An abundance of zucchini and guilt about not using it all up rescued! By a great cookbook.
In our current issue Paul Greenberg, author of the James Beard-award winning New York Times bestseller Four Fish, recalls the time he caught 50 pounds of mackerel on a boat from Sheepshead Bay. Having no idea how to preserve the highly perishable fish, he called on the wisdom of the East and Far East and ended up with enough sushi and pickled fish to last two months.
Squid tastes great just about any way you serve it, whether boiled, grilled or fried. Flexible in the kitchen, abundant in the water–what’s not to love?
Looking for more ways to get your daily serving of leafy greens? Try this recipe for Chocolate-Covered Kale Chips from Daniel Sklaar, founder of Fine & Raw Chocolate.
At Toby’s Estate Coffee in Williamsburg, they serve this bacon with Vermont cheddar, slow-roasted tomatoes and scrambled eggs on a roll. But it’s pretty good all by itself.
Found in nearly every restaurant, pub and supermarket in Ireland, this bread is lesser known than plain soda bread, but perhaps more delicious. Craggy, rustic, dense and flavorful.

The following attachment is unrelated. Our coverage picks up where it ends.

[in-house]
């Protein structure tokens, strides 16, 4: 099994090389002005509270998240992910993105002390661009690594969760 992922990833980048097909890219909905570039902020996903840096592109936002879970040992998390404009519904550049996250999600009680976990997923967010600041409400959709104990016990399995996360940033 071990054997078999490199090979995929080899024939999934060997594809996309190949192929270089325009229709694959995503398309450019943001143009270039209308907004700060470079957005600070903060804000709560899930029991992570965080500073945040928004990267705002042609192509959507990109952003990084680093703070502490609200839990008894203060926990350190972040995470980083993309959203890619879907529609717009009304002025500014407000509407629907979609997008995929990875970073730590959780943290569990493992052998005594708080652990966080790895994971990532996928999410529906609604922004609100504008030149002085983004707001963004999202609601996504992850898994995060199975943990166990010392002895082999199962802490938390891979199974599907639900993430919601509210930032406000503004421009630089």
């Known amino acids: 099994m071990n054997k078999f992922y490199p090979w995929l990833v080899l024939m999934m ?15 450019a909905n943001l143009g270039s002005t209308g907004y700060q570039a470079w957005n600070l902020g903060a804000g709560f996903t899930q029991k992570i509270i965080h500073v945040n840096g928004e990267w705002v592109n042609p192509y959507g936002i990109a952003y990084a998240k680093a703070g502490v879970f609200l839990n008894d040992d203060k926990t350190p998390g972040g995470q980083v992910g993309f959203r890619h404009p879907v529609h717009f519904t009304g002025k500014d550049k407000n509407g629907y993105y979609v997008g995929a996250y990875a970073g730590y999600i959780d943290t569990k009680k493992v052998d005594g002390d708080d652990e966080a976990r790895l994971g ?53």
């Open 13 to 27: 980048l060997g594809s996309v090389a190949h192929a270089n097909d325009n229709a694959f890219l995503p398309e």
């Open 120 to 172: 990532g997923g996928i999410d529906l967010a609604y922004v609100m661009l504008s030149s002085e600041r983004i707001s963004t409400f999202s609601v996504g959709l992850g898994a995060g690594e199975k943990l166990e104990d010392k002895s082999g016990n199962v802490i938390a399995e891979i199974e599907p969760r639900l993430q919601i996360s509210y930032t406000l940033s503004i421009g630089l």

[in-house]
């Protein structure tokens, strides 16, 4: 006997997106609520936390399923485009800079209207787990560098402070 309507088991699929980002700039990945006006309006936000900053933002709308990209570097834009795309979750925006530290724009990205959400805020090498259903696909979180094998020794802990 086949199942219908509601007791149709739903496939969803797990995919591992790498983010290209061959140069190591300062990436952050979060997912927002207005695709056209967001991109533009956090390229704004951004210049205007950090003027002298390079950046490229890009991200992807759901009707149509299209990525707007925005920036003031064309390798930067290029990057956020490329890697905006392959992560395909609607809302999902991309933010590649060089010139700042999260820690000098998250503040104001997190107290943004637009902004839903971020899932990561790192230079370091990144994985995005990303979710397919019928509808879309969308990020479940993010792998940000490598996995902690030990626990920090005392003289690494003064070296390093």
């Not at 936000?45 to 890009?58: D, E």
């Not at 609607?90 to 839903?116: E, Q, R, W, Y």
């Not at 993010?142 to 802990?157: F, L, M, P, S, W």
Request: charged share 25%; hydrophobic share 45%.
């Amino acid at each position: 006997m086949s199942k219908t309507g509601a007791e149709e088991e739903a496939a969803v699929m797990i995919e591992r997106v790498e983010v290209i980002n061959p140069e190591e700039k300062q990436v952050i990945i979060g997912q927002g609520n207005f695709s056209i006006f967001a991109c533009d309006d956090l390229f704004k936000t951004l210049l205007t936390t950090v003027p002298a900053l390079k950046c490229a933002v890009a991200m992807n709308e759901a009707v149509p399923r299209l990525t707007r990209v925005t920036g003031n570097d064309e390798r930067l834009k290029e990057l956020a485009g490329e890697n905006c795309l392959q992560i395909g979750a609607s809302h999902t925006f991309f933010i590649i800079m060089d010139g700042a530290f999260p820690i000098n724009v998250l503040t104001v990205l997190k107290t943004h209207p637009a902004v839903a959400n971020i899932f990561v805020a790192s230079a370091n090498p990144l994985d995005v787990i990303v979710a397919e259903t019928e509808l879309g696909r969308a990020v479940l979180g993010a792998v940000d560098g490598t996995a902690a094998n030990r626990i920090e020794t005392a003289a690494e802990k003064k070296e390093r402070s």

From August to early November, autumn-olive trees around the city are loaded with red currant-like berries, easily identifiable by their silver-stippled skins. In our current issue, Marie Viljoen shares tips for where to find the trees, when to taste the berries and how to turn the sweetly tart fruit into luscious autumn-olive jam.
By now those cute little squash plants in your garden aren’t so little anymore. No matter where you plant them, summer squash has a way of taking over the garden…and your fridge. If you find yourself with more zucchini than you know what to do with (don’t we all?), try this dish from Chef Michael Anthony of Gramercy Tavern.
Crawfish, mudbugs, crawdads, yabbies–whatever you call them, we stuffed ourselves full of the little guys at the Great Pinch Tail, Suck Head event last week. We teamed up with the Brooklyn Brewery and the guys from The Food Experiments for an old-fashioned–and seriously awesome–crawfish boil.
Day lilies are fair game—and fine fare.
When it comes to pigeon and squab, it’s all relative.
Just step inside a supermarket. Sure, the awnings look like any other Met or Key Food, but uptown the dairy cases are carefully curated for Latino clientele, offering a small world of muy autentico Latin American and Caribbean cheeses.